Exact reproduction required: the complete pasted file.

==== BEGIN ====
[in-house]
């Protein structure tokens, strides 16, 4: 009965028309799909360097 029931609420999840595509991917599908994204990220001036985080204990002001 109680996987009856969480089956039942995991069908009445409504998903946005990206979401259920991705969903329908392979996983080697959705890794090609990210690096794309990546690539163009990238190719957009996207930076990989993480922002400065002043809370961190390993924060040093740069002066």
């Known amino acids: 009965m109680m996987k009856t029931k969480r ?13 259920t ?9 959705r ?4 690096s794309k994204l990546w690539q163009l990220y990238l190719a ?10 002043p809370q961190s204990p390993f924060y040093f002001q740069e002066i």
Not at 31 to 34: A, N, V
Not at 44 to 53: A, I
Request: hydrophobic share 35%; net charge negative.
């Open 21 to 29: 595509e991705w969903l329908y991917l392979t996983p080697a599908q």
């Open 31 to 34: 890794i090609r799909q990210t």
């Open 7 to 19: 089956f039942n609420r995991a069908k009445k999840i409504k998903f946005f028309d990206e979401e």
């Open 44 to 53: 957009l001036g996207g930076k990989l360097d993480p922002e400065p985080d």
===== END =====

[in-house]
């Protein structure tokens, strides 16, 4: 009965028309799909360097 029931609420999840595509991917599908994204990220001036985080204990002001 109680996987009856969480089956039942995991069908009445409504998903946005990206979401259920991705969903329908392979996983080697959705890794090609990210690096794309990546690539163009990238190719957009996207930076990989993480922002400065002043809370961190390993924060040093740069002066």
């Known amino acids: 009965m109680m996987k009856t029931k969480r ?13 259920t ?9 959705r ?4 690096s794309k994204l990546w690539q163009l990220y990238l190719a ?10 002043p809370q961190s204990p390993f924060y040093f002001q740069e002066i």
Not at 31 to 34: A, N, V
Not at 44 to 53: A, I
Request: hydrophobic share 35%; net charge negative.
């Open 21 to 29: 595509e991705w969903l329908y991917l392979t996983p080697a599908q």
């Open 31 to 34: 890794i090609r799909q990210t």
């Open 7 to 19: 089956f039942n609420r995991a069908k009445k999840i409504k998903f946005f028309d990206e979401e």
């Open 44 to 53: 957009l001036g996207g930076k990989l360097d993480p922002e400065p985080d």